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Ssd drives were / are a 2.5 inch fairly small form factor (compared to a typical spinning disk) and used a typical Sata connection to the motherboard. So, while these SSD drives are generally a lot faster than spinning disks, they are limited, speed wise, by the max Sata standard.

The NVMe M.2 PCIe drives are also Solid State, but are like a mini card which slots into the Pcie slot of a computer. The Sata standard has not changed for years and years and so the max throughput has been capped for some time. On the other hand, the Pcie standard is continuously improving, with each generation almost doubling the I/O speed of the bus. I think the latest generally available is Pcie 4. Your motherboard defines the Pcie version you have. I believe that Pcie 5 is just around the corner and work is advanced in terms of defining Pcie 6 and 7. The combination of M2 drive tech combined with the fast bus speeds of Pcie 4 gives rise to really fast disk I/O speeds.

Current motherboards generally now facilitate M2 PCie drives, but older motherboards (laptops or PCs) may not, so if upgrading your option might only be SSD via a Sata connection to the motherboard.
 
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Ssd drives were / are a 2.5 inch fairly small form factor (compared to a typical spinning disk) and used a typical Sata connection to the motherboard. So, while these SSD drives are generally a lot faster than spinning disks, they are limited, speed wise, by the max Sata standard.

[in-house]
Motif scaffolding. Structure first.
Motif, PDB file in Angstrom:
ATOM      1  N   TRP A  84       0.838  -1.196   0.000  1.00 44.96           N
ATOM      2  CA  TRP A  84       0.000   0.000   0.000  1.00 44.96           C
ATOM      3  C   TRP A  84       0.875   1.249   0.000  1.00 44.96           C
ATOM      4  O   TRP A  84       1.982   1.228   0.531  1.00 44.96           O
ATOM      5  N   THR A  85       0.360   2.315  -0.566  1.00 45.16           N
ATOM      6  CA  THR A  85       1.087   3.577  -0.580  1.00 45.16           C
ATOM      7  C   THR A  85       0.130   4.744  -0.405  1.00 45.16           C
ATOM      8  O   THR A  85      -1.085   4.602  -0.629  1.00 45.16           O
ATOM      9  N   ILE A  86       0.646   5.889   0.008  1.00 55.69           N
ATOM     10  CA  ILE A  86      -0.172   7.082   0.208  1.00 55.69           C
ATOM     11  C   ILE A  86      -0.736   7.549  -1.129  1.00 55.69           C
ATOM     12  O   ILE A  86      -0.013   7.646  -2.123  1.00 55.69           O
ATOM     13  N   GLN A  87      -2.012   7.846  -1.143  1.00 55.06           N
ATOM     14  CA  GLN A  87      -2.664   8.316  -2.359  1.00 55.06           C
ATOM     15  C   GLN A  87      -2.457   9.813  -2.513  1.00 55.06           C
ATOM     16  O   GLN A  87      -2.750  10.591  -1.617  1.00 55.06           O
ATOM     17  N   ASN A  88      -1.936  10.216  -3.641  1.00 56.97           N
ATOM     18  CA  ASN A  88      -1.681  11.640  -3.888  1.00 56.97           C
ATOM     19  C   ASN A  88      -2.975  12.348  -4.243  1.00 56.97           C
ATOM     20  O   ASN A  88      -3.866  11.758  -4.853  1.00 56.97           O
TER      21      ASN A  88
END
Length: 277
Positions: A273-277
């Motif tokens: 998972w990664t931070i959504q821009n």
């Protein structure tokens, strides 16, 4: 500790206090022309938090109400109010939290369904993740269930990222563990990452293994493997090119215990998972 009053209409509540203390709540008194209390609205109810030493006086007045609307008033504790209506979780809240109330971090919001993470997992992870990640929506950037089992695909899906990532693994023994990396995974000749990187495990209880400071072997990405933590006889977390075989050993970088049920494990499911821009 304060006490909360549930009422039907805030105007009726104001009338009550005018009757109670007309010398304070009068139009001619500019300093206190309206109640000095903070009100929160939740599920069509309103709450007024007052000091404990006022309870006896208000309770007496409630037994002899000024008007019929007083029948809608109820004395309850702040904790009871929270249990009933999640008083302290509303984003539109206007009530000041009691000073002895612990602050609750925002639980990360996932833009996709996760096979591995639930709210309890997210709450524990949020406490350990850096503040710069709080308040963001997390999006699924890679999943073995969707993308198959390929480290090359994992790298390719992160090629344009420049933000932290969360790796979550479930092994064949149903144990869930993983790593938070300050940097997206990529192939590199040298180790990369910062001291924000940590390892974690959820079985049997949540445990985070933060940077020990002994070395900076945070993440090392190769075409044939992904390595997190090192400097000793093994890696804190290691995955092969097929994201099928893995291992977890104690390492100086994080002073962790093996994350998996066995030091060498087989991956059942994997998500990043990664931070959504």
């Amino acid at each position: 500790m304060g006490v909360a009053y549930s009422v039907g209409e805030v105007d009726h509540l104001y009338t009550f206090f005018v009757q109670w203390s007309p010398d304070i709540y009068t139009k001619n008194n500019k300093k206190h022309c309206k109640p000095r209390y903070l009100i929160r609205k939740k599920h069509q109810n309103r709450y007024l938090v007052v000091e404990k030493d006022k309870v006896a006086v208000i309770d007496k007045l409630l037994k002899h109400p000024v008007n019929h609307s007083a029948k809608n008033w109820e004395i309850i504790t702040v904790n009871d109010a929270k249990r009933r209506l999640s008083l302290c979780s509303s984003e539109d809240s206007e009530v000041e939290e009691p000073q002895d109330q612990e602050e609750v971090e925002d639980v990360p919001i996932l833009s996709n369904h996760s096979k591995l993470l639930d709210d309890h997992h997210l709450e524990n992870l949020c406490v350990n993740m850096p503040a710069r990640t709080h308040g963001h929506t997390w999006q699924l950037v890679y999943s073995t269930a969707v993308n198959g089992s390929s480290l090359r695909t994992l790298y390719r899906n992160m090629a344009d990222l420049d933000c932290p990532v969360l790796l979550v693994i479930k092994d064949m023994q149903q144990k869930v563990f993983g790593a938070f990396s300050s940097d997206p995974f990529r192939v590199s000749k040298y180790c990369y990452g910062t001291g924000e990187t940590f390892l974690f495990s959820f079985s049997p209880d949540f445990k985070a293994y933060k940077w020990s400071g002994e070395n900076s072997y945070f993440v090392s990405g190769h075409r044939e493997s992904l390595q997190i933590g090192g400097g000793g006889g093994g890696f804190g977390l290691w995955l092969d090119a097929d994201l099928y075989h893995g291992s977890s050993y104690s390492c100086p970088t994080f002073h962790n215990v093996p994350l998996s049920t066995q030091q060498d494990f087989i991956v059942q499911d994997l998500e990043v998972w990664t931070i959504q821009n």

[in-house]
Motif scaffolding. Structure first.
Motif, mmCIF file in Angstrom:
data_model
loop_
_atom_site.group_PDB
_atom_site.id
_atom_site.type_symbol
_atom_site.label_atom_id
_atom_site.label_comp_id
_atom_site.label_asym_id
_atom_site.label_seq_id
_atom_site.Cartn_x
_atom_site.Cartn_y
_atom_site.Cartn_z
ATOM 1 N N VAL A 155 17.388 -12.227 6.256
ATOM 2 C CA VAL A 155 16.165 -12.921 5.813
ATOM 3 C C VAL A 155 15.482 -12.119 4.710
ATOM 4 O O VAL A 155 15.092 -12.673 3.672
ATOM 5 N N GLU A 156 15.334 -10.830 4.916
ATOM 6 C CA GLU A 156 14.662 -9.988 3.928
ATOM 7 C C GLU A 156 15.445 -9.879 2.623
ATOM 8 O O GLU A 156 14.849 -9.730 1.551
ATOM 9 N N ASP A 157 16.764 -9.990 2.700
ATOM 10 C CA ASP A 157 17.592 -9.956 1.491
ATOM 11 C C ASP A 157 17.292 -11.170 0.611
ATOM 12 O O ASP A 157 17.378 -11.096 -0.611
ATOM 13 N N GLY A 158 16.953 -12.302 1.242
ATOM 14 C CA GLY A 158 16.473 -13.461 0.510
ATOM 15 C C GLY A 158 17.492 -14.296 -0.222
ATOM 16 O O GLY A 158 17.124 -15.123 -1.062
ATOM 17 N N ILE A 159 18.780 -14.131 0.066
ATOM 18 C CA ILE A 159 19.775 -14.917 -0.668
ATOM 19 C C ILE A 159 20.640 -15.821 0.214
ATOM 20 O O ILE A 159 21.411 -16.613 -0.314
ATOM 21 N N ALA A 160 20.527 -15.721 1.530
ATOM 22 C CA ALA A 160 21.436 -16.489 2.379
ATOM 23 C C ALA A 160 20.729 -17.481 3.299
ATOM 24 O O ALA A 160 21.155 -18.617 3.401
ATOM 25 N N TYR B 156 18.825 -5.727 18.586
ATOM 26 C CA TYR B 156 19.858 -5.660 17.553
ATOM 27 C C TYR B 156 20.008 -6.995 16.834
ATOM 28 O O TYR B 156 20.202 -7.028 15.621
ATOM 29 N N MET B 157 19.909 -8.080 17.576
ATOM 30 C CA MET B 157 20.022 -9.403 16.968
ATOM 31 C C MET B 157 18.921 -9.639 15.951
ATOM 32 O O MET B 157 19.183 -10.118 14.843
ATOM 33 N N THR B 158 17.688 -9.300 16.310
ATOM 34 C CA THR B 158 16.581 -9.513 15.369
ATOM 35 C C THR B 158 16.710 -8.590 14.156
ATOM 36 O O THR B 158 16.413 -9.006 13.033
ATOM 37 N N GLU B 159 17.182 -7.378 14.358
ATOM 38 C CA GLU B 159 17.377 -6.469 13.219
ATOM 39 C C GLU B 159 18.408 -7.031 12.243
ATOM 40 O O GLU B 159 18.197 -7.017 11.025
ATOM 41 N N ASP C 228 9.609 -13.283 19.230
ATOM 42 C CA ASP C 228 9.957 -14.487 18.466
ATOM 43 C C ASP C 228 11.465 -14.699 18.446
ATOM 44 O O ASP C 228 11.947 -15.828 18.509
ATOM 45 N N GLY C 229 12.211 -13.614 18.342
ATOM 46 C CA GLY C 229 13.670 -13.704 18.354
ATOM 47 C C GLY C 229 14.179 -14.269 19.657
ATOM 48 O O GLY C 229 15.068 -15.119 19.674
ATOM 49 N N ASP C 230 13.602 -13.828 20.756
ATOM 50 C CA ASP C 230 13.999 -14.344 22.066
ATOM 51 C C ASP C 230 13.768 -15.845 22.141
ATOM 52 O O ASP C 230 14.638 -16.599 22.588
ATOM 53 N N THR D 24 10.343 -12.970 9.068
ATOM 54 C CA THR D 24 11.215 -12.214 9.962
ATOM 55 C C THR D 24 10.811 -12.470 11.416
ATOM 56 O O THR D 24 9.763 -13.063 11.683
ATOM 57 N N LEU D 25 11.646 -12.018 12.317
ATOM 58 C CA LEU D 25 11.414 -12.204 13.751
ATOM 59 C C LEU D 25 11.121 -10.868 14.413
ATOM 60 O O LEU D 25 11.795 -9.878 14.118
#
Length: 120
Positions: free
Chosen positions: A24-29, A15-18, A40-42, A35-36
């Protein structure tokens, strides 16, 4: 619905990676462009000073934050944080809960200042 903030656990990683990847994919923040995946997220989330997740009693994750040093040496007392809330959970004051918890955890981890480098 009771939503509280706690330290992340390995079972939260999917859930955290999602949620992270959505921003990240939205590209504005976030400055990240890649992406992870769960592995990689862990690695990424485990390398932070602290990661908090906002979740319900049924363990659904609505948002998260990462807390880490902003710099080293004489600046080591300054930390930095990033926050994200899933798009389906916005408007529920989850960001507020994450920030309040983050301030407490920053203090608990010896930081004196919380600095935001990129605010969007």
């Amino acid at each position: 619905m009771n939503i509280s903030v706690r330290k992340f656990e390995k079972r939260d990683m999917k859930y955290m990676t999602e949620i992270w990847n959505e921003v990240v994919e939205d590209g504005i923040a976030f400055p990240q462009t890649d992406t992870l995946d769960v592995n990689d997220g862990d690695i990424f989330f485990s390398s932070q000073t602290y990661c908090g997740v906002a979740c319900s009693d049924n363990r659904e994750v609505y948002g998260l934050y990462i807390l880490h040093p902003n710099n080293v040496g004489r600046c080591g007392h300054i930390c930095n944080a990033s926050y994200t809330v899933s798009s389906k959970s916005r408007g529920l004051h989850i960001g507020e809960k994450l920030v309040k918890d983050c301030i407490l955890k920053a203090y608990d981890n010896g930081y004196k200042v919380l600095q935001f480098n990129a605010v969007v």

The NVMe M.2 PCIe drives are also Solid State, but are like a mini card which slots into the Pcie slot of a computer. The Sata standard has not changed for years and years and so the max throughput has been capped for some time. On the other hand, the Pcie standard is continuously improving, with each generation almost doubling the I/O speed of the bus. I think the latest generally available is Pcie 4. Your motherboard defines the Pcie version you have. I believe that Pcie 5 is just around the corner and work is advanced in terms of defining Pcie 6 and 7. The combination of M2 drive tech combined with the fast bus speeds of Pcie 4 gives rise to really fast disk I/O speeds.

Current motherboards generally now facilitate M2 PCie drives, but older motherboards (laptops or PCs) may not, so if upgrading your option might only be SSD via a Sata connection to the motherboard.
Gnits,
Good point. There is an interesting development on the PCIe front in Intel vs AMD. Intel has a bit of a platform problem going forward in terms of PCIe connectivity for M.2 SSDs. Intel was first to make use of PCIe 5 with its 12th gen Alder Lake CPUs and 600 series chipsets. That was big news, even though there are no PCIe 5.0 M.2 SSDs yet on the market (happening soon).

The problem is it is limited to 16 lanes, which means there is no native PCIe 5.0 support for M.2 storage slots. You have to get an add-in card to do it. That is also true for the new 13th Generation Raptor Lake CPUs and 700 series Motherboards. The Intel chipset hardware won't change anytime soon. This is a big deal and gives the advantage to AMD because AMD's new AM5 socket and Ryzan 7000 CPUs will have sufficient PCIe 5 lanes for M.2 storage on the platform. There are complex reasons why Intel is stuck for a while with this platform and it is said that they will still have to use it even two years from now on the 14th Gen CPU.